Apple and Google’s squalid symbiosis revealed

An Apple analyst reckons Google will pay Apple $3 billion to keep its position as the default search engine on its devices this year.

A research note written by respected Apple analyst Toni Sacconaghi of Sanford Bernstein was seen by CNBC. In it he noted that Google paid Apple $1 billion in 2014 and reckons that will have ramped up to $3 billion this year. He also opined that this may well have accounted for a quarter of all Apple’s operating profit growth over the last couple of years.

On the flip side Sacconaghi reckons Apple devices accounted for around half of Google’s mobile search revenue, which is surprising considering the much greater global installed base of Android devices. In that case you could argue that even forking out $3 billion a year to its biggest competitor is a no-brainer for Google, even if only to reduce the risk of any other search provider getting some competitive momentum.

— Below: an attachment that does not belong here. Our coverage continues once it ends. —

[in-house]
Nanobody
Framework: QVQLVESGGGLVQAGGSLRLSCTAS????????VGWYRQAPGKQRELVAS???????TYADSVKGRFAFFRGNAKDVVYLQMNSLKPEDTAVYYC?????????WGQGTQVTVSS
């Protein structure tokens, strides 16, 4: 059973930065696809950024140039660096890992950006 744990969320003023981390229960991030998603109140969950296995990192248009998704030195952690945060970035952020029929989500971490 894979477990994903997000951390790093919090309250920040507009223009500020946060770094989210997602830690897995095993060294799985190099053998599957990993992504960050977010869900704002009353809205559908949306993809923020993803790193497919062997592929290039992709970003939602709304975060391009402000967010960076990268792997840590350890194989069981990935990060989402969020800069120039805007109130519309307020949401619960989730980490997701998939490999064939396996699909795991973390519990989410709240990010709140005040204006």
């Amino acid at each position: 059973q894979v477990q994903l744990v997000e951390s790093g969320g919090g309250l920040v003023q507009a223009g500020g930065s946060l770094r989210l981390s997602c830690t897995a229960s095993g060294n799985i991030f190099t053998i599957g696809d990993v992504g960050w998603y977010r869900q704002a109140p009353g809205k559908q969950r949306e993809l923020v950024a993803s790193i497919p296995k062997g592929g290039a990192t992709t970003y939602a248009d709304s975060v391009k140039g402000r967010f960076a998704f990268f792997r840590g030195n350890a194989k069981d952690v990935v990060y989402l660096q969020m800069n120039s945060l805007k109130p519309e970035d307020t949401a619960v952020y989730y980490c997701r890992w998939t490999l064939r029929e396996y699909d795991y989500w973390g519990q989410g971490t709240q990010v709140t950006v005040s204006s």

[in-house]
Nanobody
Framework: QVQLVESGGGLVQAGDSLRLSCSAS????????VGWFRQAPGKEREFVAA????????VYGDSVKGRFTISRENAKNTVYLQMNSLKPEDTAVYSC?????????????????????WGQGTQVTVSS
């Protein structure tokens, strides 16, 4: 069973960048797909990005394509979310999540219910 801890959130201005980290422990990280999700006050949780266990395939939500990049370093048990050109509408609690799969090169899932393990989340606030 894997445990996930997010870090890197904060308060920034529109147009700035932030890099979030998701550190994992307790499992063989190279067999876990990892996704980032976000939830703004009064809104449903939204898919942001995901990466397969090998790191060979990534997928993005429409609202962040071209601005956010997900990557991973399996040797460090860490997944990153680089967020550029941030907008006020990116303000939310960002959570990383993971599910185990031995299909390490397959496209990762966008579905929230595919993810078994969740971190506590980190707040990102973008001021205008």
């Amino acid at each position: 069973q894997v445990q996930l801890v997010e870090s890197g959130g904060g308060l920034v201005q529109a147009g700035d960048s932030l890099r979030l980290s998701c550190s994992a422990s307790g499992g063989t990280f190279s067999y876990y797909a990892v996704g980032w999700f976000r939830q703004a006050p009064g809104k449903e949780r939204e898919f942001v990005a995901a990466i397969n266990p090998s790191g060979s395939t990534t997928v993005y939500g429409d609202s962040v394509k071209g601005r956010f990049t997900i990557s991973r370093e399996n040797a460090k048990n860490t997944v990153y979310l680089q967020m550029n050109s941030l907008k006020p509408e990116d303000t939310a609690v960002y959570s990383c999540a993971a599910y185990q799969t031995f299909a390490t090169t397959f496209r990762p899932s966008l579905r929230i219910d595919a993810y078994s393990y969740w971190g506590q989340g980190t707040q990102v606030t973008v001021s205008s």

It says a lot about the effective mobile device duopoly that these two companies have such a cosy relationship. It implies that they have reached a competitive equilibrium in which Apple owns the premium end and Google is welcome to the rest. If they were really competitive with each other then surely they wouldn’t be so pragmatic.

Apple’s business model is focused on high margin for its products and services while Google is all about advertising revenue and thus audience. So it stands to reason that Google would be willing to pay for audience and Apple would accept the money. What this says about the competitiveness of the mobile sector, however, is another matter.


  1. Avatar ejaz - muhammad sial 16/08/2017 @ 3:30 am

    In it he noted that Apple paid Apple $1 billion in 2014 and reckons that will have ramped up to $3 billion this year?

    • Scott Bicheno Scott Bicheno 16/08/2017 @ 9:09 am

      Doh! Thanks. Corrected.

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